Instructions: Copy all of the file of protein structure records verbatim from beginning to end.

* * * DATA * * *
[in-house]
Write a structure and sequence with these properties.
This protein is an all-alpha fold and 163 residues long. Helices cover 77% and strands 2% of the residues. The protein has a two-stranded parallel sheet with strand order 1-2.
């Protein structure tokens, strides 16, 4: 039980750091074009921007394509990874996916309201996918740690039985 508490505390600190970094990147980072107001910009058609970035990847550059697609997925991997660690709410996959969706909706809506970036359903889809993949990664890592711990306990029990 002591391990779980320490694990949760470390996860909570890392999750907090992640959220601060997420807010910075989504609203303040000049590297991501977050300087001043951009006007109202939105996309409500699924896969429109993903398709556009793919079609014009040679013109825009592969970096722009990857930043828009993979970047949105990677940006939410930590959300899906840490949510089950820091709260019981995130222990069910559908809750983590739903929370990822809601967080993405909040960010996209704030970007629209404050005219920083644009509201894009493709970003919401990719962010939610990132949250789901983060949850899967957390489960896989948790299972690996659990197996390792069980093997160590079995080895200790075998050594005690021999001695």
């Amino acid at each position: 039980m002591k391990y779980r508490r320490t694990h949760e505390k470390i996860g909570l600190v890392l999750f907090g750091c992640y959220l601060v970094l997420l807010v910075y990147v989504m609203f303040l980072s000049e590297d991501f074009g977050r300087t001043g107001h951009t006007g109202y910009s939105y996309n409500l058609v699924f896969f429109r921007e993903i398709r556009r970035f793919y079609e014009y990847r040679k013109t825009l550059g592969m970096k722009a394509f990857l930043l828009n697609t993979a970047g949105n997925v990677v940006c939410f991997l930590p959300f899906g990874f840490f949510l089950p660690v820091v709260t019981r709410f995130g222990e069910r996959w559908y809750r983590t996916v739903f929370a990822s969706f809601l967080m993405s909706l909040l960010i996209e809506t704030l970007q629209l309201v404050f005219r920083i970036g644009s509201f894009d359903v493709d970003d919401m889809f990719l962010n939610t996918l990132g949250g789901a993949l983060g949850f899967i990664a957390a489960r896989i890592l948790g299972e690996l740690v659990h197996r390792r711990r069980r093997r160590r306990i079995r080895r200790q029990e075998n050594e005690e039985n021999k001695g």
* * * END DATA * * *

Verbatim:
[in-house]
Write a structure and sequence with these properties.
This protein is an all-alpha fold and 163 residues long. Helices cover 77% and strands 2% of the residues. The protein has a two-stranded parallel sheet with strand order 1-2.
């Protein structure tokens, strides 16, 4: 039980750091074009921007394509990874996916309201996918740690039985 508490505390600190970094990147980072107001910009058609970035990847550059697609997925991997660690709410996959969706909706809506970036359903889809993949990664890592711990306990029990 002591391990779980320490694990949760470390996860909570890392999750907090992640959220601060997420807010910075989504609203303040000049590297991501977050300087001043951009006007109202939105996309409500699924896969429109993903398709556009793919079609014009040679013109825009592969970096722009990857930043828009993979970047949105990677940006939410930590959300899906840490949510089950820091709260019981995130222990069910559908809750983590739903929370990822809601967080993405909040960010996209704030970007629209404050005219920083644009509201894009493709970003919401990719962010939610990132949250789901983060949850899967957390489960896989948790299972690996659990197996390792069980093997160590079995080895200790075998050594005690021999001695």
């Amino acid at each position: 039980m002591k391990y779980r508490r320490t694990h949760e505390k470390i996860g909570l600190v890392l999750f907090g750091c992640y959220l601060v970094l997420l807010v910075y990147v989504m609203f303040l980072s000049e590297d991501f074009g977050r300087t001043g107001h951009t006007g109202y910009s939105y996309n409500l058609v699924f896969f429109r921007e993903i398709r556009r970035f793919y079609e014009y990847r040679k013109t825009l550059g592969m970096k722009a394509f990857l930043l828009n697609t993979a970047g949105n997925v990677v940006c939410f991997l930590p959300f899906g990874f840490f949510l089950p660690v820091v709260t019981r709410f995130g222990e069910r996959w559908y809750r983590t996916v739903f929370a990822s969706f809601l967080m993405s909706l909040l960010i996209e809506t704030l970007q629209l309201v404050f005219r920083i970036g644009s509201f894009d359903v493709d970003d919401m889809f990719l962010n939610t996918l990132g949250g789901a993949l983060g949850f899967i990664a957390a489960r896989i890592l948790g299972e690996l740690v659990h197996r390792r711990r069980r093997r160590r306990i079995r080895r200790q029990e075998n050594e005690e039985n021999k001695g």